with hypoxia
in the clinostar

Connecting Your Research to in vivo

It’s crucial to accurately establish and monitor oxygen levels during the culture period for mimicking in vivo physiological conditions of tissues or organs.

Oxygen concentrations in the human body vary, ranging from around 12% in the lungs to 5% in the brain, and can be as low as 0.1% in tumor tissues. The ClinoStar hypoxia unit enables the manipulation of in vitro atmospheric composition to tailor it to the specific physiological needs of tissues or organs.

Blastocyst graphic.

Advantages of adding hypoxia to your ClinoStar 2

  • Ability to regulate the level of oxygen from atmospheric to 2%
  • Rapid attainment of the set point for the media’s oxygen level is achieved through active gas exchange between the ClinoStar and the ClinoReactor humidification chamber.
  • The ClinoReactor’s semi-closed environment temporarily preserves hypoxic conditions for operations within a regular atmospheric oxygen environment (21%). This simplifies short-term handling procedures, such as microscopy observation and documentation.

Control hypoxia in ClinoStar 2

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Centre of Functional Tissues Reconstruction, University of Oslo

When ClinoStar met the FUTURE

At the Centre of Functional Tissue Reconstruction (FUTURE) in Oslo University, Professor Reseland and Dr Samara have employed the ClinoStar platform and have been working towards
several lineages of innovative models to study hypoxia.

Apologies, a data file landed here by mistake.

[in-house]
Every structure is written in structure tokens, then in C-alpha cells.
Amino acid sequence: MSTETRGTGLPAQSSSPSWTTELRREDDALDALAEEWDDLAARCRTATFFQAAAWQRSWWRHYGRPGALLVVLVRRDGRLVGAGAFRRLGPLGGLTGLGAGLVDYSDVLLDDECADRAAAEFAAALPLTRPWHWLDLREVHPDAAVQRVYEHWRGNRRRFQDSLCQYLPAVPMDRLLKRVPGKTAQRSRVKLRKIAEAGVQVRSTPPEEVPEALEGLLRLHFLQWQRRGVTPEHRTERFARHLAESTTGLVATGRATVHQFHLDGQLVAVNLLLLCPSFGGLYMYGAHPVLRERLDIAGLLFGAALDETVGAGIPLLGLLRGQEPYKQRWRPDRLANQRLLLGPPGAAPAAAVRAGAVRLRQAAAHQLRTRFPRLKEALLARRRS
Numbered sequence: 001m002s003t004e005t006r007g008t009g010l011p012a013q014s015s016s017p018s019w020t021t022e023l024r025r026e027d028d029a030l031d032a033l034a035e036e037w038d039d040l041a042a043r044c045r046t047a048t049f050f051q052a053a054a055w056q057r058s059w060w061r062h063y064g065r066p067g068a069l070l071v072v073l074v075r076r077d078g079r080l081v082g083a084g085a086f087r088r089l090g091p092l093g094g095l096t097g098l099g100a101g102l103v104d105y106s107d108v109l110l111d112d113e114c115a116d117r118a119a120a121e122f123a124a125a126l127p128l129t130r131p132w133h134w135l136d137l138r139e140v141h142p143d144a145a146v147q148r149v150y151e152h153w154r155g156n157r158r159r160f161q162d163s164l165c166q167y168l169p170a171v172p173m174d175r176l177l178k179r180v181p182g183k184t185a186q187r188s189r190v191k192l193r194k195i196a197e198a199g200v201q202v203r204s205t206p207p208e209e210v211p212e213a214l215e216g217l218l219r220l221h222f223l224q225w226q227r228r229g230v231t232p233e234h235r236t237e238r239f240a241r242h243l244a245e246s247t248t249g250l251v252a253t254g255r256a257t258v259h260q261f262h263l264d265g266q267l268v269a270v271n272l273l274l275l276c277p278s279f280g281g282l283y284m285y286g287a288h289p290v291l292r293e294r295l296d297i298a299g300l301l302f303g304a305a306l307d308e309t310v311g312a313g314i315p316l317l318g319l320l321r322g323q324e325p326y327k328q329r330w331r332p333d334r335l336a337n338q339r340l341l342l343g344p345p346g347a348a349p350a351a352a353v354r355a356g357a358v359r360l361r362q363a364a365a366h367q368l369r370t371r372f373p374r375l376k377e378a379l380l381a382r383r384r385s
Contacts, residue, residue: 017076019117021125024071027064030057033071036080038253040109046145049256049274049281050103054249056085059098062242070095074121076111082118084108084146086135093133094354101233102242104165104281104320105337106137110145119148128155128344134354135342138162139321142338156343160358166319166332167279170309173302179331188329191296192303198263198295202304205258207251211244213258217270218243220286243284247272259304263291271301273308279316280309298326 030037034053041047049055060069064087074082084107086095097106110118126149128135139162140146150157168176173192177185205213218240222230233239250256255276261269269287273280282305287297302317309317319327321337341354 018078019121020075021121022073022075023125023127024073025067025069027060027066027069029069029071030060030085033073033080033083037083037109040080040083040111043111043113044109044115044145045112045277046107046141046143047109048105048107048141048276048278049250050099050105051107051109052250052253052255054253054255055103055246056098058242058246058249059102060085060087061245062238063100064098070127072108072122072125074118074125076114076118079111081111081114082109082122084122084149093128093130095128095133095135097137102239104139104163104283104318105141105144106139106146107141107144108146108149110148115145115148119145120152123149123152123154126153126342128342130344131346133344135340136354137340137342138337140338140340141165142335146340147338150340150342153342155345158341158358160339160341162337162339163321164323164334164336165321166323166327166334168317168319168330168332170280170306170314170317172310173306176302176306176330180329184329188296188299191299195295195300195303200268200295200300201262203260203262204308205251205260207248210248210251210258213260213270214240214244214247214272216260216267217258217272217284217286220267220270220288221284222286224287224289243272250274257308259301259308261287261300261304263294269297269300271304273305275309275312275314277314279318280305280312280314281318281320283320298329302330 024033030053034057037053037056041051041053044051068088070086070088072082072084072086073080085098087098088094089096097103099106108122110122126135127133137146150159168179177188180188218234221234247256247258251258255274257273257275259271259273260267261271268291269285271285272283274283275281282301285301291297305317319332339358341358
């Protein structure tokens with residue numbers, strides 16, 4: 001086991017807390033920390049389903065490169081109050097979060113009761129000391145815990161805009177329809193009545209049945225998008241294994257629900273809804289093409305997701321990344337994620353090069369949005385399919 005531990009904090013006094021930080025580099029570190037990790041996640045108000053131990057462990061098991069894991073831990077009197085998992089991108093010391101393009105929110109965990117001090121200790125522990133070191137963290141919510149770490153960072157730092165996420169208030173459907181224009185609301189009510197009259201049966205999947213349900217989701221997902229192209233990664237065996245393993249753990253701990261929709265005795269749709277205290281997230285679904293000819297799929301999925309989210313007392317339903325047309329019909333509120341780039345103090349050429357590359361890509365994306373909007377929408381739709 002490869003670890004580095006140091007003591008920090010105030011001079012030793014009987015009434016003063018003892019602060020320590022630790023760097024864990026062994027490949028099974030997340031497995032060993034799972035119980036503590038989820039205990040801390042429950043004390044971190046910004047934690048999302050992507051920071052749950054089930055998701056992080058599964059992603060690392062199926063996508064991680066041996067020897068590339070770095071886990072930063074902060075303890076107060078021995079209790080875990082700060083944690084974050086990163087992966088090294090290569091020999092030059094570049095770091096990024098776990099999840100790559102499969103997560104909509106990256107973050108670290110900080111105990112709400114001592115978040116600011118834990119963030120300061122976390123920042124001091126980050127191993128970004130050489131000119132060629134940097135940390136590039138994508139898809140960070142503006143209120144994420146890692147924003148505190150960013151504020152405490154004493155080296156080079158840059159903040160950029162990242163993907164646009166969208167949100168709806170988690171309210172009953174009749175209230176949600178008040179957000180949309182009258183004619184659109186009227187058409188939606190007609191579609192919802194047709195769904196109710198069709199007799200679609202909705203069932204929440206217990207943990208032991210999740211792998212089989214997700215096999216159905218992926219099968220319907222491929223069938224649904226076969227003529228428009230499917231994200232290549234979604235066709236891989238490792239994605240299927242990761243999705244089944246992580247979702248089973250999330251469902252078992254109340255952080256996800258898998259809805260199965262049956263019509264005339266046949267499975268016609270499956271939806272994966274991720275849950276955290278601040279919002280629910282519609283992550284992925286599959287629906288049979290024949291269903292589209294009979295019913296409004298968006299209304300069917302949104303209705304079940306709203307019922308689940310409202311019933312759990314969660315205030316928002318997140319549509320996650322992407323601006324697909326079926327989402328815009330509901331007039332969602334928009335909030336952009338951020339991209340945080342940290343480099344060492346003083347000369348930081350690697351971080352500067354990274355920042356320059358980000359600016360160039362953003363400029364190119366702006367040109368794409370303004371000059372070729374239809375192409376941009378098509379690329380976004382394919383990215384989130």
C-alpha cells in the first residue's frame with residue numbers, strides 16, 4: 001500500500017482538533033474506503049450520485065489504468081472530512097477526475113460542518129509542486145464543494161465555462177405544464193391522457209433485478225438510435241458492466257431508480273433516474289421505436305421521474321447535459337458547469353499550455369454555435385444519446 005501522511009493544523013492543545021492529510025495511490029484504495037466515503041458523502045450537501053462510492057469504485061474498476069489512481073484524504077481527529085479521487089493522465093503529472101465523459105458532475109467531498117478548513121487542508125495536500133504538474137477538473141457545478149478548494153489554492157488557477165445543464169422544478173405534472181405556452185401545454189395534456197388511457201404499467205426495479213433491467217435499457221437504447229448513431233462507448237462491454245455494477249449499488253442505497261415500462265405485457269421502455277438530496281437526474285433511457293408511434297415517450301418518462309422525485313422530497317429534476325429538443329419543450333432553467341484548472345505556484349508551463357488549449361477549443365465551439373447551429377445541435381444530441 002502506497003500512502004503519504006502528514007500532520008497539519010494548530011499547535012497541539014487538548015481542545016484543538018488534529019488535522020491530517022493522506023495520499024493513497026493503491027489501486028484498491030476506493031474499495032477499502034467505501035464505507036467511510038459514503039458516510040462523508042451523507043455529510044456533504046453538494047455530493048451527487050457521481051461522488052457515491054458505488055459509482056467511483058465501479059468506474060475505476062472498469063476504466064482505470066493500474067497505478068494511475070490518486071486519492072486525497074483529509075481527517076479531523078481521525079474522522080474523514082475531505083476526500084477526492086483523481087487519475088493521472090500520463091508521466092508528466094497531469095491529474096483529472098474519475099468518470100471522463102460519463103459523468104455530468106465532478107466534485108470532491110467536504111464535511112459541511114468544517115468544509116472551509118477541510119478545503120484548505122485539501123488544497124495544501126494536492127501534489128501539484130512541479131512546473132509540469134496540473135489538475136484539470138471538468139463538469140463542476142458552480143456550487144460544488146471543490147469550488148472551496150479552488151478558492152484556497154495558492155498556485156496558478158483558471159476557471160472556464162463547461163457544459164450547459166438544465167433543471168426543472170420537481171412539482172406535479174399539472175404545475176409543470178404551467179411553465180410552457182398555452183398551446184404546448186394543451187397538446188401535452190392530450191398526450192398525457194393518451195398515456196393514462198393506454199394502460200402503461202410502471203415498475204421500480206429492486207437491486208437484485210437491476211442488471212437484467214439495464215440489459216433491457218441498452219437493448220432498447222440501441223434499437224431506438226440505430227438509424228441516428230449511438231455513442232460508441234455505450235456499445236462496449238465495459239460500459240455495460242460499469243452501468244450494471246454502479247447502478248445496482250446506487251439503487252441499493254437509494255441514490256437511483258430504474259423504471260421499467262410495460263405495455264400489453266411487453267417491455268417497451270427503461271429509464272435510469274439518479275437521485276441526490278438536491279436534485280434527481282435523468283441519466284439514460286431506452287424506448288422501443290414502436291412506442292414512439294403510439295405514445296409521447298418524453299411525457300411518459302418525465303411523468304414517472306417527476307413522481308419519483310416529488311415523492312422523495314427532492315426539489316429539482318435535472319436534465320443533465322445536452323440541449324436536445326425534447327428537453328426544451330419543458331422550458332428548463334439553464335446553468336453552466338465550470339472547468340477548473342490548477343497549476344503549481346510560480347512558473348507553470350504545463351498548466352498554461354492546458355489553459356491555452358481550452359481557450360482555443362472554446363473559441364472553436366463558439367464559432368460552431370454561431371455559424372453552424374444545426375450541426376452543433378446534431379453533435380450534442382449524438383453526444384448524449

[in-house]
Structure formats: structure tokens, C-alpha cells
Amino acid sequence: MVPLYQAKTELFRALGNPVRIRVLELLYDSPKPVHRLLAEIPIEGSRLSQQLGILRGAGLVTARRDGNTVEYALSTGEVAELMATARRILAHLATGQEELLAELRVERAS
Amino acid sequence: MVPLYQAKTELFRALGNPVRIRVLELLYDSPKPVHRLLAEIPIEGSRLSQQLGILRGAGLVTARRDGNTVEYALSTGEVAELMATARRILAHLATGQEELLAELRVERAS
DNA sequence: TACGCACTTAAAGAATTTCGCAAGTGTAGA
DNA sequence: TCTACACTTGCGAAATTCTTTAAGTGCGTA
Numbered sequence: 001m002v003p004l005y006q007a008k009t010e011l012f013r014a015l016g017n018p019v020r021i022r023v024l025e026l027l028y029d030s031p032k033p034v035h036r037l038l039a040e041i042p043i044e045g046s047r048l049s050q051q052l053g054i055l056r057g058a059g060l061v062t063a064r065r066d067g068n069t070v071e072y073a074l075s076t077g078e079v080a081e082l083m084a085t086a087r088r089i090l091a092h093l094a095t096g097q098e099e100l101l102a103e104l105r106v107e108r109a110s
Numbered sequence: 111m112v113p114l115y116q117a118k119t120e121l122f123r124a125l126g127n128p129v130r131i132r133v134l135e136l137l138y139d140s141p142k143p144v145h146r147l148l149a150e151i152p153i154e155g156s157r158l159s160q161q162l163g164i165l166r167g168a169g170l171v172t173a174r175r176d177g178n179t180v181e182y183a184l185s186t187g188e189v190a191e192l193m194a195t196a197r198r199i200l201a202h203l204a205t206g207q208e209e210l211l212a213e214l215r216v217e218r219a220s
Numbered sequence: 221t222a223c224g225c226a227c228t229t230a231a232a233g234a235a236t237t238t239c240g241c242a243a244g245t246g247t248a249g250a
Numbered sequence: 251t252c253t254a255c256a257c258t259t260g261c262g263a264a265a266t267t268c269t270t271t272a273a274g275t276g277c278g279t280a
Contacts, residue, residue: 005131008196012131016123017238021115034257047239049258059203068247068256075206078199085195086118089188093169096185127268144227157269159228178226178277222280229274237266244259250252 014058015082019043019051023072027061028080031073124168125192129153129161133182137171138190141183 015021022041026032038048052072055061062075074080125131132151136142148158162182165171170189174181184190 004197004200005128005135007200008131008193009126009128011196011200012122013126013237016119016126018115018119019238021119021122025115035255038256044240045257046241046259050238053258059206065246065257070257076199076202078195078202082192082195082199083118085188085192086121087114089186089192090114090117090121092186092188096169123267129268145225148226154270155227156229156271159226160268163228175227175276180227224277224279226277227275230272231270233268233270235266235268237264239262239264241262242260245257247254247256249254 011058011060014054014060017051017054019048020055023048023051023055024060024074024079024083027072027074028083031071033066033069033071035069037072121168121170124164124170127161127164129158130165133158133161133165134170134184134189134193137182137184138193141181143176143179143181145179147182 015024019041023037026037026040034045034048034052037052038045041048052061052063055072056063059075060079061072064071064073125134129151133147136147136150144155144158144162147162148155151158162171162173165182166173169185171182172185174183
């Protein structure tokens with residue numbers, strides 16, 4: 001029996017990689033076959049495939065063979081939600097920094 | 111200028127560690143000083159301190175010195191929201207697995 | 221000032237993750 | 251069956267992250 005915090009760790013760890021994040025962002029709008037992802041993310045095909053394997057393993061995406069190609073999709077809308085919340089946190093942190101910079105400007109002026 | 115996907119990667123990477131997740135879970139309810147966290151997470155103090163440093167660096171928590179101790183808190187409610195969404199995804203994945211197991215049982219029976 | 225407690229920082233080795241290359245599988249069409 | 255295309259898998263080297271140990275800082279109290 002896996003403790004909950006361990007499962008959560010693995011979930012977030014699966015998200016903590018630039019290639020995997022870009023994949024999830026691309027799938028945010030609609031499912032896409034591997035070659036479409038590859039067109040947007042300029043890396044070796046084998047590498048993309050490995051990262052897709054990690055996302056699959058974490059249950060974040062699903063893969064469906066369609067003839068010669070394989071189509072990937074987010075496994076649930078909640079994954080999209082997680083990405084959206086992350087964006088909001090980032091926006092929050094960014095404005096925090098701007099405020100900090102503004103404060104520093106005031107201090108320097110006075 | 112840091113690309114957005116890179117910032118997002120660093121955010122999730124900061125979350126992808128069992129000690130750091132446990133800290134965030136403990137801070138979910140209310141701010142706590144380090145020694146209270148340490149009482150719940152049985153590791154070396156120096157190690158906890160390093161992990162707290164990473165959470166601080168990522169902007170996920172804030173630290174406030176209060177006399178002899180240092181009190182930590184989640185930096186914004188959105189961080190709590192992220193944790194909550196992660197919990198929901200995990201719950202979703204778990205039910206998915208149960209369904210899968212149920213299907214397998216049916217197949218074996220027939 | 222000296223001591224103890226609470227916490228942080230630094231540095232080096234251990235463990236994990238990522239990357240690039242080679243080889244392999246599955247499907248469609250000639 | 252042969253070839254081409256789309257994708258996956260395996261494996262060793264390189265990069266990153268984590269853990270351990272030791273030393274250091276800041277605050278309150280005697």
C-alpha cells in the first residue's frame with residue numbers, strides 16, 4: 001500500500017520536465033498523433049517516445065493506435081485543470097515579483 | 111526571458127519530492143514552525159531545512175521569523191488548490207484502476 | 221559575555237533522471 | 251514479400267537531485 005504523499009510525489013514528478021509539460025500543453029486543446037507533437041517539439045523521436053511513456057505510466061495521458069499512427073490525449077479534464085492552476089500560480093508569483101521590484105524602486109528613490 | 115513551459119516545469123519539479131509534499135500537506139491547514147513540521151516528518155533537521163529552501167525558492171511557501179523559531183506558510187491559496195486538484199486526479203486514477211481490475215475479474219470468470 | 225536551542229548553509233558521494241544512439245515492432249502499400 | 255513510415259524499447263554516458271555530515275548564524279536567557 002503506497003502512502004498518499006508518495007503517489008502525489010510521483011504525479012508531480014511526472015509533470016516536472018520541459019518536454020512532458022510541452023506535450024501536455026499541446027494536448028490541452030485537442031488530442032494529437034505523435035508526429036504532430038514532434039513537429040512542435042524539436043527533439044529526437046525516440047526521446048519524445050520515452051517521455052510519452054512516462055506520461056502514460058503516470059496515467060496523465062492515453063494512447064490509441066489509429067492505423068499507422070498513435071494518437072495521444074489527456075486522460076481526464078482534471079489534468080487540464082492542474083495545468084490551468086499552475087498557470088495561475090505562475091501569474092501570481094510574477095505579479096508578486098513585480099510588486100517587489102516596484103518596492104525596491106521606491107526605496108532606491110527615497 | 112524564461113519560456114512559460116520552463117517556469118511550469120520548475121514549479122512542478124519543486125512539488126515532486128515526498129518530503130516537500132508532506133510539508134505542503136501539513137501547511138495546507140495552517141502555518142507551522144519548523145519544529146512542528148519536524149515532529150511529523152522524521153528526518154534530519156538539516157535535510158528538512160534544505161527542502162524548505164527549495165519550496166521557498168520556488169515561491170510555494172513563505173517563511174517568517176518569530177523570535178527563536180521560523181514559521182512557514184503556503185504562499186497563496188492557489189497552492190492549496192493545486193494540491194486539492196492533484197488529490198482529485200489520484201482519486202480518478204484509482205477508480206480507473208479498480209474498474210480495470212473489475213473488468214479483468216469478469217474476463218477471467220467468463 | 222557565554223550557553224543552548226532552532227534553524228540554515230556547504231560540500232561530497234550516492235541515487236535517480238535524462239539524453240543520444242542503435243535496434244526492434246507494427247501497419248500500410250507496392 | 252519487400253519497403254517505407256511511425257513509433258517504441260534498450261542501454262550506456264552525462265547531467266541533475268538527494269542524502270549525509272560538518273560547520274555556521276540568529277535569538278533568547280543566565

Doctoral Fellow Anne Agger

Blog: Oxygen – the essential primordial stress factor

Surprisingly, the importance of oxygen is often overlooked in cell culture. Traditionally, cells are cultivated in incubators in flasks or microtiter plates. This sets off an avalanche of hidden consequences.

In this blog post, we discuss how to work with oxygen levels in incubators and how researchers can benefit from controlling these levels when working with cell culture.

Product pictures


ClinoStar hypoxia unit creates physiological levels of oxygen for in vivo mimetic 3D constructs

Krzysztof Wrzesinski
CSO & Co-Founder, CelVivo ApS

Have you ever wondered how to seamlessly recreate in vivo conditions for 3D cell cultures?

The prevailing consensus suggests that cultivating cells within a three-dimensional (3D) environment presents considerably greater challenges compared to conventional two-dimensional (2D) monolayer cultures. This increased complexity often stems from the fact that the equipment required for effective 3D cell culture hasn’t undergone the same level of optimization as its 2D counterpart. Moreover, the task of closely monitoring and regulating the intricate 3D environment proves to be significantly more demanding.

Join us for an enlightening webinar as Krzysztof Wrzesinski explores how the hypoxia unit for the ClinoStar can help researchers by precisely regulating oxygen levels, and optimizing temperature, atmospheric composition, and diffusion gradients. Discover how to de-stress and simplify the complexities of 3D cell culture.

February 08, 2024

Get an informal demonstration
of the new ClinoStar 2